How to improve your credit score if you’ve been in financial difficulty

The most common reason to have a poor credit score is having been in financial difficulty, where repayments on debts have been missed or the person has defaulted on their debts. The length of time it takes to improve credit scores for those in this situation depends on the level of financial difficulty the person is in, with those being declared bankrupt usually taking the longest period of time – six years or more – to see their credit score recover.

Those in this situation can improve their credit score by paying off debts as quickly as possible and those with credit cards should try to pay more than the minimum amount when making repayments. Those who are struggling with managing debt should get advice as soon as possible by speaking to Citizen Advice or a free debt charity.

Consumers who have no debt and want to improve a poor credit score should consider products such as LOQBOX, which allows its customers to grow their credit score while saving at the same time. Another option to consumers is using a credit repair card. These credit cards work in the same way as standard credit cards but often have much lower credit limits and are aimed at those with poor credit scores. It should be noted that these cards normally charge a higher than average APR, so borrowers should aim to repay the full amount each month before interest is charged.

How to improve your credit score if you have no credit history

Although never borrowing money may seem like a good way to get a good credit score, in fact those who have never taken out credit often have a low credit score. This is because lenders want to make sure that they are lending to someone who has experience in managing and repaying debt. For those without a credit history, taking out credit is the easiest way of improving a credit score, which can be as simple as taking out a credit card and making sure the balance is repaid in full each month.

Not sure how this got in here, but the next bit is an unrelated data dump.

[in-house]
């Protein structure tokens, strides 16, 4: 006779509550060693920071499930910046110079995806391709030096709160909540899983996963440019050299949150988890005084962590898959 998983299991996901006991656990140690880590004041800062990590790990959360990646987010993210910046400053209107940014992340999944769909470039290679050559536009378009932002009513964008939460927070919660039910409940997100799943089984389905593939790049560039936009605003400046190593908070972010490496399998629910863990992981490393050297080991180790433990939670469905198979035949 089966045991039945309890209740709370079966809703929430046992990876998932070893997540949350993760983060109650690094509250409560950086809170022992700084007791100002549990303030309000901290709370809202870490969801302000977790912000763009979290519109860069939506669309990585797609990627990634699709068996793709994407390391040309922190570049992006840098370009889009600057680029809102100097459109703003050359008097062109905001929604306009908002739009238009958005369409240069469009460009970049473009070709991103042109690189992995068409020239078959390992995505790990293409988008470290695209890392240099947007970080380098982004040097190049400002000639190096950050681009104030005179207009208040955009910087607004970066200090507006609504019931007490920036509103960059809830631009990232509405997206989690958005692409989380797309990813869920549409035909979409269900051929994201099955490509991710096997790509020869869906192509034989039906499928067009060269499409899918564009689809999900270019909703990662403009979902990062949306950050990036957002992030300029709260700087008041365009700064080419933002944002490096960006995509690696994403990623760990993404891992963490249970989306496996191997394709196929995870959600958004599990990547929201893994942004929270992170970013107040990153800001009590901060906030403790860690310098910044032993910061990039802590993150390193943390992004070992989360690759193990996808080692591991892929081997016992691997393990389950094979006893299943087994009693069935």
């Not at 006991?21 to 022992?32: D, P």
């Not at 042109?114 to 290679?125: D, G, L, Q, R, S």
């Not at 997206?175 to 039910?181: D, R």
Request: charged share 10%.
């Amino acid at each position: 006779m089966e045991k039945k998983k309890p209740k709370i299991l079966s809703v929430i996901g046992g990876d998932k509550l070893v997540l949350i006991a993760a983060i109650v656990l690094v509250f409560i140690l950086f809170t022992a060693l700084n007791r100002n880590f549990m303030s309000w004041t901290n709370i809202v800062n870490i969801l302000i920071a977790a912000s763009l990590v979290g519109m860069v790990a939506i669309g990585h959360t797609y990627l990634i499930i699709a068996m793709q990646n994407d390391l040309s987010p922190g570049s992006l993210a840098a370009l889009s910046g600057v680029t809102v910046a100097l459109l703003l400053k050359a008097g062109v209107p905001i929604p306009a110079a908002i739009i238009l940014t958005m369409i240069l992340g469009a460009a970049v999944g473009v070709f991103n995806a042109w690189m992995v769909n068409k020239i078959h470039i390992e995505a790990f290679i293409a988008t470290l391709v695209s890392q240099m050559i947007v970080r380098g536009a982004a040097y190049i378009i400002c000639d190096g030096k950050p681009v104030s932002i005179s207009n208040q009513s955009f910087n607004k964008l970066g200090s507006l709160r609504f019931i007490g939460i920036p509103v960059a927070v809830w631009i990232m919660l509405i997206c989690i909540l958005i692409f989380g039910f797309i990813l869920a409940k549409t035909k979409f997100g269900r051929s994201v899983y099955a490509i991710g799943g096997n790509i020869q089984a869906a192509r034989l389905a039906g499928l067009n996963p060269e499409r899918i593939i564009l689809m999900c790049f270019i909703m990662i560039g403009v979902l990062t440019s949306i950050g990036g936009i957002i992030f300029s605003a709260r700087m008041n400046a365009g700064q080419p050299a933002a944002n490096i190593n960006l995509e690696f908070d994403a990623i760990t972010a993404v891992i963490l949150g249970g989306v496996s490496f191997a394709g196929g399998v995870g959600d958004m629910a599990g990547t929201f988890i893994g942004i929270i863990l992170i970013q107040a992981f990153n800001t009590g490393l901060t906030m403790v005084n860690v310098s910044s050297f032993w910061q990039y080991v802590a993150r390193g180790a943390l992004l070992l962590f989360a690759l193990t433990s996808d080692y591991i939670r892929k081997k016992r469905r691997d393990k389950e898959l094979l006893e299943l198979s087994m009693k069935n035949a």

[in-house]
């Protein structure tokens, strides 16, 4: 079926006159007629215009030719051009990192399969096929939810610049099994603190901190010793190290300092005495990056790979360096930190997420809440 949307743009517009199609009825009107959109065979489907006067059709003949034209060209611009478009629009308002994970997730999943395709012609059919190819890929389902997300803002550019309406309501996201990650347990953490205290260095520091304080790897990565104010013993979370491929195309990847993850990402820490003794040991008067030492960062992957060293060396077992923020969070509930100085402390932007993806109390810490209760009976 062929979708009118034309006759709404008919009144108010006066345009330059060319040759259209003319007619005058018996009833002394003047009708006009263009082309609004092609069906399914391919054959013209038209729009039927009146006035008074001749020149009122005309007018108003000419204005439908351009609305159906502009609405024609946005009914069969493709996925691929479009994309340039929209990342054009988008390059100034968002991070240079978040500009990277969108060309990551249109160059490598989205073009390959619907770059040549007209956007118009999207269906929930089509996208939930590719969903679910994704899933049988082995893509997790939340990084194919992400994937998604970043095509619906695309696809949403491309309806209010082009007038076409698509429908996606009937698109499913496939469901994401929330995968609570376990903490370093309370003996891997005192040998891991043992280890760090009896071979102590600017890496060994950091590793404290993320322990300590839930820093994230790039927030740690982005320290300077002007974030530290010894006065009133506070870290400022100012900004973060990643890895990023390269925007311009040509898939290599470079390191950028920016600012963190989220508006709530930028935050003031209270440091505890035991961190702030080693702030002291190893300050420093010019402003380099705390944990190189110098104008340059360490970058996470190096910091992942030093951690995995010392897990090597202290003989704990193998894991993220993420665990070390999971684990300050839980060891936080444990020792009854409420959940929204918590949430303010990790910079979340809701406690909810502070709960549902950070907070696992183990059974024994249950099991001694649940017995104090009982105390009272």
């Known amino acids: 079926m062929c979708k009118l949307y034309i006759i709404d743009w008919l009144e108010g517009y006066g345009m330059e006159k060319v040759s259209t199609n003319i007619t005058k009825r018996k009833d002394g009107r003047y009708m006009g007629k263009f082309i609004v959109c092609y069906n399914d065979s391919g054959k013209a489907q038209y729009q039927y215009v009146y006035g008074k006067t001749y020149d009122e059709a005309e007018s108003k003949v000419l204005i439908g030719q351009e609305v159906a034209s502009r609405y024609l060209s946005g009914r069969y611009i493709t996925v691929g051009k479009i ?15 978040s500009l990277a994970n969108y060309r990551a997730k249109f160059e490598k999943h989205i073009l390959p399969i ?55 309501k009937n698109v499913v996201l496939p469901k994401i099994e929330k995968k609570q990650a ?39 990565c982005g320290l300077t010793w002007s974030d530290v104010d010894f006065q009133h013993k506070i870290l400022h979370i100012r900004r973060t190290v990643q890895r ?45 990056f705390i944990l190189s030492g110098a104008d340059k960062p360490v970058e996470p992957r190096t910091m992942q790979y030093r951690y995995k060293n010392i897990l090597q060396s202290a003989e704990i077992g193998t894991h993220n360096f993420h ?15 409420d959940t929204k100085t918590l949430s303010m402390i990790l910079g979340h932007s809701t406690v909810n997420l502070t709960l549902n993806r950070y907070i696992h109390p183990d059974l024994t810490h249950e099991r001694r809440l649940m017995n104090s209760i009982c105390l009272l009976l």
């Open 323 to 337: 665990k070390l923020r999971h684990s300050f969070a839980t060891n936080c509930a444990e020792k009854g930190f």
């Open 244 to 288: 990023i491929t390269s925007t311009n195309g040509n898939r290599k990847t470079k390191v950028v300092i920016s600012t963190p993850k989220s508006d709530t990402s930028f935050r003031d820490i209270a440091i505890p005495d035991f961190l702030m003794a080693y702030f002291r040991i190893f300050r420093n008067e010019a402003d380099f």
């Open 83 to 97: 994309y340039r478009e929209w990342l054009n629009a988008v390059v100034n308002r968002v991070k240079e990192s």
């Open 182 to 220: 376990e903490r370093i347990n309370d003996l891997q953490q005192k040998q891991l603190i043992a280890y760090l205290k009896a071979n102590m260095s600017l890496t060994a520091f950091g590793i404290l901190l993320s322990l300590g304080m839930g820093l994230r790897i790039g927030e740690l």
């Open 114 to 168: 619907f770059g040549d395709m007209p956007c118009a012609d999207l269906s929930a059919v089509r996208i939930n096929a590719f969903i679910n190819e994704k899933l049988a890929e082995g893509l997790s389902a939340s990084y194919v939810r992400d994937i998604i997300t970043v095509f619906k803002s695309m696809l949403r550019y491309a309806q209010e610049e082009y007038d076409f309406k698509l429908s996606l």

Simple ways you can improve your credit score today

There are also, often overlooked, ways of improving a credit score. These include being on the electoral roll at the correct address, closing unused credit accounts such as store cards and keeping credit card balances as low as possible.

More information on improving your credit score can be found in our guide, how to improve your credit score.


Information is correct as of the date of publication (shown at the top of this article). Any products featured may be withdrawn by their provider or changed at any time. Links to third parties on this page are paid for by the third party. You can find out more about the individual products by visiting their site. will receive a small payment if you use their services after you click through to their site. All information is subject to change without notice. Please check all terms before making any decisions. This information is intended solely to provide guidance and is not financial advice. Moneyfacts will not be liable for any loss arising from your use or reliance on this information. If you are in any doubt, Moneyfacts recommends you obtain independent financial advice.